What is a colon?
Colons are used in UKS2. There are a number of reasons for using colons in your writing.
1. Colons are used to introduce lists. It can be used when introducing a list using bullet points or in a paragraph. It is important that the clause before the colon is independent, which means it makes complete sense on its own.
I am part of a number of sports teams: hockey, badminton, netball and swimming.
You will need a number of ingredients: bananas, apples, melon and raspberries.
You can buy the shoes in four different colours: pink, silver, black or red.
Introducing detailed lists using semi-colons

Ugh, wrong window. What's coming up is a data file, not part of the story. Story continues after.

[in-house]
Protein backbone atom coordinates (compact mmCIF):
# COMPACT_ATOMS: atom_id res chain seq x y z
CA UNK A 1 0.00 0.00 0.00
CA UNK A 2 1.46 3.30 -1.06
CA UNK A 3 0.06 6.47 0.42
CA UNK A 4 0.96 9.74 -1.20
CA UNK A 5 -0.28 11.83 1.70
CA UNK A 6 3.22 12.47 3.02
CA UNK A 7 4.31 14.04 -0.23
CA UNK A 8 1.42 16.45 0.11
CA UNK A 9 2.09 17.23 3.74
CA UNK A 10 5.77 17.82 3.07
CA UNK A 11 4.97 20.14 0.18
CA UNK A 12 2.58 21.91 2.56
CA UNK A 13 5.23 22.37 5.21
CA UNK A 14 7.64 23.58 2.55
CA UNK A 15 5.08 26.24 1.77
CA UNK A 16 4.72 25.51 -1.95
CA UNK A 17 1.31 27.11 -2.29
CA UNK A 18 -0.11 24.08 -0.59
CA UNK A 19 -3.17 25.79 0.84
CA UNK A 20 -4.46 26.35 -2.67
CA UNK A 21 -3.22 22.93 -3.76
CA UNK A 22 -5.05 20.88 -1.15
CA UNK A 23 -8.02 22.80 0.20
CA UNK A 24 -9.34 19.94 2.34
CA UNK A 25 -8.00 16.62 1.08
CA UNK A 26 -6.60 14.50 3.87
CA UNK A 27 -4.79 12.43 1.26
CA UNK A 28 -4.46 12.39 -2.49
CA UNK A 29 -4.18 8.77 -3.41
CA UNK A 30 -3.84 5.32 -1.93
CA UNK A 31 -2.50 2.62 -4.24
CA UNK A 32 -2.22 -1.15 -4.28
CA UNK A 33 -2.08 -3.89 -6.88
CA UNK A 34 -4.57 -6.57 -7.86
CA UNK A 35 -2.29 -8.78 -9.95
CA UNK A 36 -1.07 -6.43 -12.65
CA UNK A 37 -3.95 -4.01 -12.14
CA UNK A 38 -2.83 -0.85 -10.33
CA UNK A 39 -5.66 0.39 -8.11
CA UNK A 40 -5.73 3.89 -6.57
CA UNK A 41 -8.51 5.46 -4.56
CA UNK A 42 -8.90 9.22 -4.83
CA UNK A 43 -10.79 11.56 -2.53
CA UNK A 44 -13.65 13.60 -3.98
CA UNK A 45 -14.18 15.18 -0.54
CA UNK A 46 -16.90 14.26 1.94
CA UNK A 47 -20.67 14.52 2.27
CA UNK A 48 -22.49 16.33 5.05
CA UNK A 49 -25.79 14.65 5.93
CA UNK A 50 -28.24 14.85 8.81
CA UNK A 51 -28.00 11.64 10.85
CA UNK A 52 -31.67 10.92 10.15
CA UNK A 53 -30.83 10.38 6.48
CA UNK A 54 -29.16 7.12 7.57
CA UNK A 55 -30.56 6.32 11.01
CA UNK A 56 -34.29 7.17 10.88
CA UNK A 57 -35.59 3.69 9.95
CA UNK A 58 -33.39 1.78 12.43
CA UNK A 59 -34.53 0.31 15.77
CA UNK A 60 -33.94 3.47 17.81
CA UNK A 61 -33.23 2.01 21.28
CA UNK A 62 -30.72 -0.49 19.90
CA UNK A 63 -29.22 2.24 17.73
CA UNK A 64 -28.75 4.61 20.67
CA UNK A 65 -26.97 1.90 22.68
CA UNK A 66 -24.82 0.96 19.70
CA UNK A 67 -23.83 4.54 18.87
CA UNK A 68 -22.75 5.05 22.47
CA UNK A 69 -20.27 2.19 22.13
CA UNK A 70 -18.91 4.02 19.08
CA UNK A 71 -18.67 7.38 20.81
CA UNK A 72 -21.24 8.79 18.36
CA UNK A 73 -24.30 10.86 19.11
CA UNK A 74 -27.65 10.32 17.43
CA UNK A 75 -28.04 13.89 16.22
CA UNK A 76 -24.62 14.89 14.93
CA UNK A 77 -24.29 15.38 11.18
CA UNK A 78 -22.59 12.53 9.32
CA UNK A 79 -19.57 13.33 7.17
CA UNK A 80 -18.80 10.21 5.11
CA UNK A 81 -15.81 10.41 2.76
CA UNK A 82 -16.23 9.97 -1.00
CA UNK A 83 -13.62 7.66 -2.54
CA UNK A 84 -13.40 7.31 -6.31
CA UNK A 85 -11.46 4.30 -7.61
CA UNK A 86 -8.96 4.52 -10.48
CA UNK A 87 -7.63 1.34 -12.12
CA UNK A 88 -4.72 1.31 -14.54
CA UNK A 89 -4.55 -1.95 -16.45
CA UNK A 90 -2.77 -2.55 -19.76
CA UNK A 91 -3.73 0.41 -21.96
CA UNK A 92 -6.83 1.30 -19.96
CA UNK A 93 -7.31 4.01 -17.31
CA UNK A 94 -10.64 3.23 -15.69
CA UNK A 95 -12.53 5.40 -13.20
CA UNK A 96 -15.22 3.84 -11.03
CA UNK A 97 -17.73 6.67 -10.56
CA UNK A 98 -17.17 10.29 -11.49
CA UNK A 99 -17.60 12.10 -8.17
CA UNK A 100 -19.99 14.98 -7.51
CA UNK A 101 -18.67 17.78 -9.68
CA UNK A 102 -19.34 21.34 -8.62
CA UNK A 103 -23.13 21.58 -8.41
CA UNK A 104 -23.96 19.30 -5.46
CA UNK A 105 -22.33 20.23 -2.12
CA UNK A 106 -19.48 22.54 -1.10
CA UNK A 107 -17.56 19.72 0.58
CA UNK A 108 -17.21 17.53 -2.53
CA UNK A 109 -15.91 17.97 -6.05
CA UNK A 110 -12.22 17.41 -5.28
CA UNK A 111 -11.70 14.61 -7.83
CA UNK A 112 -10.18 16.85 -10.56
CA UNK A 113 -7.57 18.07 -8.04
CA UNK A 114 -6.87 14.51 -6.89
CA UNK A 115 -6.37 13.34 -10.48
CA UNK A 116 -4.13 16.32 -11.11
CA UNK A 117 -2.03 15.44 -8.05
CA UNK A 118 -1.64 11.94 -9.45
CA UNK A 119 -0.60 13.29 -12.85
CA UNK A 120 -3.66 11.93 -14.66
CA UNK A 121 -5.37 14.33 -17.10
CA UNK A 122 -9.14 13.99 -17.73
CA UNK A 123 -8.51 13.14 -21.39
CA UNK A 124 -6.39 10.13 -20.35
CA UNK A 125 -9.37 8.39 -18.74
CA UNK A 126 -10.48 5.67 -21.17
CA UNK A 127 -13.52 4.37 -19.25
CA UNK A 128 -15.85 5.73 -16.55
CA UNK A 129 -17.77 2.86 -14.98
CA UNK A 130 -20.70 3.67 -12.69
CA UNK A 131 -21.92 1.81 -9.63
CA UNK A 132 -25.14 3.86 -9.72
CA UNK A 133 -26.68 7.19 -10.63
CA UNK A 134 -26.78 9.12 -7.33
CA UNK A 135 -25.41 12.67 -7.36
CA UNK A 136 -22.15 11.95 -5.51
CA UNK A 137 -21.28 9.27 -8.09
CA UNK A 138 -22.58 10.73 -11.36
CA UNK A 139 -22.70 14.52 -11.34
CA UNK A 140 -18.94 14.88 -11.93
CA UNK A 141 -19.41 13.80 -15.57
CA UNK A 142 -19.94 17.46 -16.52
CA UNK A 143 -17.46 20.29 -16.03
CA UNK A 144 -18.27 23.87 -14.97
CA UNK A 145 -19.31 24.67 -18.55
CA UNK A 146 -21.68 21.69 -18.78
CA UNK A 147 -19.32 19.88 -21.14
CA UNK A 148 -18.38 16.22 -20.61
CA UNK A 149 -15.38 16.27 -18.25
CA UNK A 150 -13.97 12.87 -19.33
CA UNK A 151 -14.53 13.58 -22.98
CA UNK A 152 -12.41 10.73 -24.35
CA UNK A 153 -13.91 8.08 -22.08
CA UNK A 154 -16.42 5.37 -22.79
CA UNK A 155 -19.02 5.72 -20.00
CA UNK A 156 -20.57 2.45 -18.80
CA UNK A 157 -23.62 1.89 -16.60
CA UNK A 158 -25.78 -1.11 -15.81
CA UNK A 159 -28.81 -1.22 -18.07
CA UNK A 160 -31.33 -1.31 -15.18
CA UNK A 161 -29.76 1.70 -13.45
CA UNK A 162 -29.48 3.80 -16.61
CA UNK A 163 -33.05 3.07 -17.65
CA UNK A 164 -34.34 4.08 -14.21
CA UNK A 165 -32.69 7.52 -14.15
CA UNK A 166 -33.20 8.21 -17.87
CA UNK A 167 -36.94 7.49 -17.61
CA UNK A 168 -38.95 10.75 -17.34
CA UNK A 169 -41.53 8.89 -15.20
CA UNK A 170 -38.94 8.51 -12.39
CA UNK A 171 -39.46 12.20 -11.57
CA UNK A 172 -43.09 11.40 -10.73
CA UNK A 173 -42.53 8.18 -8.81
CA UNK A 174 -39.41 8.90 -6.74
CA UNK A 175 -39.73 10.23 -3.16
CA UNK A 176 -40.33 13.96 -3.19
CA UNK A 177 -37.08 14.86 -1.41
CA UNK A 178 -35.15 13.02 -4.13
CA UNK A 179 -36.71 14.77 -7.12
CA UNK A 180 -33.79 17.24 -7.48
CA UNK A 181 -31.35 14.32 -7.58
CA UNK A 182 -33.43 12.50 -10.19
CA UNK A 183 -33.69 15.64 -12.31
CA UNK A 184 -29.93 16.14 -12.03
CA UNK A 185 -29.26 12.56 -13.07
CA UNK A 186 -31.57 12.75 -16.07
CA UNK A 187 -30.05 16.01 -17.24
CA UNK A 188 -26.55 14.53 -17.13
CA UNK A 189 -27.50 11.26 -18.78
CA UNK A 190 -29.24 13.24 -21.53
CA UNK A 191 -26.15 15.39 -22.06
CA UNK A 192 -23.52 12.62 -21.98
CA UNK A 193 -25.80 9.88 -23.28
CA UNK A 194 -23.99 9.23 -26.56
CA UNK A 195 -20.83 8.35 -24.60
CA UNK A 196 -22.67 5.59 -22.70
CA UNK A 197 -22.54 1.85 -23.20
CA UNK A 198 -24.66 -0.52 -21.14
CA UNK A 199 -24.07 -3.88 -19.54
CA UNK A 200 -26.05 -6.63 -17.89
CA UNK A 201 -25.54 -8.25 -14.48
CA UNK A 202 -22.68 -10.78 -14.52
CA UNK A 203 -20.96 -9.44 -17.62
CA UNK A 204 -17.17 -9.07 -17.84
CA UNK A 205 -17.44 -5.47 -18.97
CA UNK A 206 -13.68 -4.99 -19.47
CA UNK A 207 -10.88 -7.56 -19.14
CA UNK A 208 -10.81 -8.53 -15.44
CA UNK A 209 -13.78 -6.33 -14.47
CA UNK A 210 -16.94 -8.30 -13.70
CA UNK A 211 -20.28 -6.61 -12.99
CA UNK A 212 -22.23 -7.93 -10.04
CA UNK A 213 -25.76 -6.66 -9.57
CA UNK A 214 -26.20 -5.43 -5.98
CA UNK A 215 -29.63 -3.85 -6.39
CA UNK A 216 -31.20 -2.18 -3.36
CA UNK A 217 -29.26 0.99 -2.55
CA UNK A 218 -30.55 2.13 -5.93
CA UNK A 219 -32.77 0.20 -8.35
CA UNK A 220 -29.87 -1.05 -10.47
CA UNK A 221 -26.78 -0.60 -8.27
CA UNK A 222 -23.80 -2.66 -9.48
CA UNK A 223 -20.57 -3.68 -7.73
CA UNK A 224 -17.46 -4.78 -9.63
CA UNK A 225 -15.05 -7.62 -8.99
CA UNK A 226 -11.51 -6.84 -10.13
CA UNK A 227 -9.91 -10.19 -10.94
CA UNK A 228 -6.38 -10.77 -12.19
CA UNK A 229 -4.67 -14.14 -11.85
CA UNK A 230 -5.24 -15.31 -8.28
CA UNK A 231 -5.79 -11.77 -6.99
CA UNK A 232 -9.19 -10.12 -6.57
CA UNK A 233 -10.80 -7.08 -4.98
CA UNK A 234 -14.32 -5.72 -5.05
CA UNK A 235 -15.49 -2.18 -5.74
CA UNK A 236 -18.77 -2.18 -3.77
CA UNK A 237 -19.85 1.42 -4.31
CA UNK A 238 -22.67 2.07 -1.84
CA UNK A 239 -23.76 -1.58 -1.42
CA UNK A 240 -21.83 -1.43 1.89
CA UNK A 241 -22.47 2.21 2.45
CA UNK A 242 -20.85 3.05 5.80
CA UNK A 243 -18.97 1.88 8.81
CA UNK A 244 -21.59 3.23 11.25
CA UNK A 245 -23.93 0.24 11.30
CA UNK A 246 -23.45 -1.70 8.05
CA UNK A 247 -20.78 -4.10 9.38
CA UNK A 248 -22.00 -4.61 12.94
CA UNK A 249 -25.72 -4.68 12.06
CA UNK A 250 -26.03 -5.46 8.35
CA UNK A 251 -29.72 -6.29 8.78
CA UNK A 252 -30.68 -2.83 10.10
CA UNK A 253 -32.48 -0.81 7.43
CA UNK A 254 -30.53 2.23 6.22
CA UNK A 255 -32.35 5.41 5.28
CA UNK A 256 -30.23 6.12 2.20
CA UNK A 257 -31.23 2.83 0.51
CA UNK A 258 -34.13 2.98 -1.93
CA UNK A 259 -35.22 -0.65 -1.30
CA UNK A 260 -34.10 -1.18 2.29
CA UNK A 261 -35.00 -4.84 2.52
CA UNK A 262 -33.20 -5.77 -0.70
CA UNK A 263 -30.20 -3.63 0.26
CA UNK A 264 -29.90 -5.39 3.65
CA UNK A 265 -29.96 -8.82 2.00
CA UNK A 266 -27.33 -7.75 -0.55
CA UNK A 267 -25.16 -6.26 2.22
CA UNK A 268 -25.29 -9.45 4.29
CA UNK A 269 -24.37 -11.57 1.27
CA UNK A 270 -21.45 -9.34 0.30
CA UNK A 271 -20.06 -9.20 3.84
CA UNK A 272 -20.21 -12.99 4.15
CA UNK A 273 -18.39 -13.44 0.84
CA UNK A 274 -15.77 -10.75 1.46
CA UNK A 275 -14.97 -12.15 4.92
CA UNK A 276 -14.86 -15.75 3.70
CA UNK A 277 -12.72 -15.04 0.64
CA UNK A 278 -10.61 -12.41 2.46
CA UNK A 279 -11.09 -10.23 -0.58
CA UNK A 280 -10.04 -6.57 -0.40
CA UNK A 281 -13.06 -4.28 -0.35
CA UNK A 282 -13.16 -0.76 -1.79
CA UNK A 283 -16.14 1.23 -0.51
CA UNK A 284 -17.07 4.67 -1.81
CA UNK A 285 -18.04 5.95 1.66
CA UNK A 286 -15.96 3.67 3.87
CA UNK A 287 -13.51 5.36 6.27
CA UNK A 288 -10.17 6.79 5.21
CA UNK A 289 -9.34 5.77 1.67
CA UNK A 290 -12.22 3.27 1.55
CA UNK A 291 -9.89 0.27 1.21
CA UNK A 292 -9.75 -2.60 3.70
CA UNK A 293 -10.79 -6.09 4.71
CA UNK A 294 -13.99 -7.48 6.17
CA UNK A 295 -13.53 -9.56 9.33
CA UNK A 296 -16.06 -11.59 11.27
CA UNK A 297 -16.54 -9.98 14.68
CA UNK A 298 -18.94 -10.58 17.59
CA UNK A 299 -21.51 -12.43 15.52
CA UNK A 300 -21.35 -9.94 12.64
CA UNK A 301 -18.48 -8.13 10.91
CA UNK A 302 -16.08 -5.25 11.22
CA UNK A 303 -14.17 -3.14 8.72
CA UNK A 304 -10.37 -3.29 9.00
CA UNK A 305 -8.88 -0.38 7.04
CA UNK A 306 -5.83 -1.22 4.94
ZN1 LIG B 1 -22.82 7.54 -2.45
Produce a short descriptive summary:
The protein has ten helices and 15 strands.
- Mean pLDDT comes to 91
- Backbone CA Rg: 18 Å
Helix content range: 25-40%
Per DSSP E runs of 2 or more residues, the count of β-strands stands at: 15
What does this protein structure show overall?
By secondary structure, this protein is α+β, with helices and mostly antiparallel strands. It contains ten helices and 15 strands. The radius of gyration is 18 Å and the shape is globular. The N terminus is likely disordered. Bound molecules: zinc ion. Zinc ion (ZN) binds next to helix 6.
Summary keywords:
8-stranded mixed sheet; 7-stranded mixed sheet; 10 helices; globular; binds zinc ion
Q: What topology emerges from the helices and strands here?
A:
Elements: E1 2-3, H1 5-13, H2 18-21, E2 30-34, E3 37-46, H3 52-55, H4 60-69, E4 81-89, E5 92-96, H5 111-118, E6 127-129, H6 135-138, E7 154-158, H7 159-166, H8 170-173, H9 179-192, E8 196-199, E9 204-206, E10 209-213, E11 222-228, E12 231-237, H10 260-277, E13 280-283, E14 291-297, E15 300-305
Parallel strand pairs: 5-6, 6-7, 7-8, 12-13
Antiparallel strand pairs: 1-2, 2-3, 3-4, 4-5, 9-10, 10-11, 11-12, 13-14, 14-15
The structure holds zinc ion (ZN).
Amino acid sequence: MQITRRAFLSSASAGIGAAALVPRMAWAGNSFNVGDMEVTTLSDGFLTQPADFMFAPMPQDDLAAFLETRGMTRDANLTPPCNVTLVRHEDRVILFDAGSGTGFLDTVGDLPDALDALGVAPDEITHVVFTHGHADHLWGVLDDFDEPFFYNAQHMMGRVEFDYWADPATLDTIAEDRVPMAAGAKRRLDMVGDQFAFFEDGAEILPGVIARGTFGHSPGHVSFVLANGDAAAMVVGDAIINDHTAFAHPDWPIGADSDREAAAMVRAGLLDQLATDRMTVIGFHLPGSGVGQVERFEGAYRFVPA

Semi-colons are used to separate more detailed items using phrases in a list.
The alien can be recognised by its unusual features: smooth, pointy nose; short tufts of thick, brown hair; and long, skinny legs.
I have been to many places: Newcastle, Carlisle, and York in the North; Bristol, Exeter, and Portsmouth in the South; and Cromer, Norwich, and Lincoln in the East.
2. Colons can also be used to introduce examples or explanations. The seconds half of the sentence explains or summarises the first half. It almost replaces the word
E.g Statement: Explanation.
Both part of the sentence are independent clauses - they must both make sense on their own.
The house has all the luxuries you could wish for: there are four spacious bedrooms, a large garden and a home cinema.
I was late for school: I stayed up late and overslept.
She tried to move her hands, but she couldn't: she was trapped.